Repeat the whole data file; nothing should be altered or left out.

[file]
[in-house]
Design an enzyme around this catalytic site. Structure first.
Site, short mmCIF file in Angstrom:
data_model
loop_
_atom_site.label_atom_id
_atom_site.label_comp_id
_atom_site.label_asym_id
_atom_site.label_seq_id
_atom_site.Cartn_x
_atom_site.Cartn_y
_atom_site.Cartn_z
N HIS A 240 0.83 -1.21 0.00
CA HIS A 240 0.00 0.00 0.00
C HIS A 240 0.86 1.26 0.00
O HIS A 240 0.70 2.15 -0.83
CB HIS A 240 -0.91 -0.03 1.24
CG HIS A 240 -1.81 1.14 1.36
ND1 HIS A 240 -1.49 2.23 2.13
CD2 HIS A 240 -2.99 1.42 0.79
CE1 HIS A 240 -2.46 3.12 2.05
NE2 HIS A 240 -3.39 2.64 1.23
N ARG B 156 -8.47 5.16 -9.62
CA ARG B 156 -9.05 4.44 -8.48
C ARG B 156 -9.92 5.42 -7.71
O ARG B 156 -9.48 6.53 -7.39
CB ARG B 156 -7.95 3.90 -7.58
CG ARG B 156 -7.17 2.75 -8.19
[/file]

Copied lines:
[in-house]
Design an enzyme around this catalytic site. Structure first.
Site, short mmCIF file in Angstrom:
data_model
loop_
_atom_site.label_atom_id
_atom_site.label_comp_id
_atom_site.label_asym_id
_atom_site.label_seq_id
_atom_site.Cartn_x
_atom_site.Cartn_y
_atom_site.Cartn_z
N HIS A 240 0.83 -1.21 0.00
CA HIS A 240 0.00 0.00 0.00
C HIS A 240 0.86 1.26 0.00
O HIS A 240 0.70 2.15 -0.83
CB HIS A 240 -0.91 -0.03 1.24
CG HIS A 240 -1.81 1.14 1.36
ND1 HIS A 240 -1.49 2.23 2.13
CD2 HIS A 240 -2.99 1.42 0.79
CE1 HIS A 240 -2.46 3.12 2.05
NE2 HIS A 240 -3.39 2.64 1.23
N ARG B 156 -8.47 5.16 -9.62
CA ARG B 156 -9.05 4.44 -8.48
C ARG B 156 -9.92 5.42 -7.71
O ARG B 156 -9.48 6.53 -7.39
CB ARG B 156 -7.95 3.90 -7.58
CG ARG B 156 -7.17 2.75 -8.19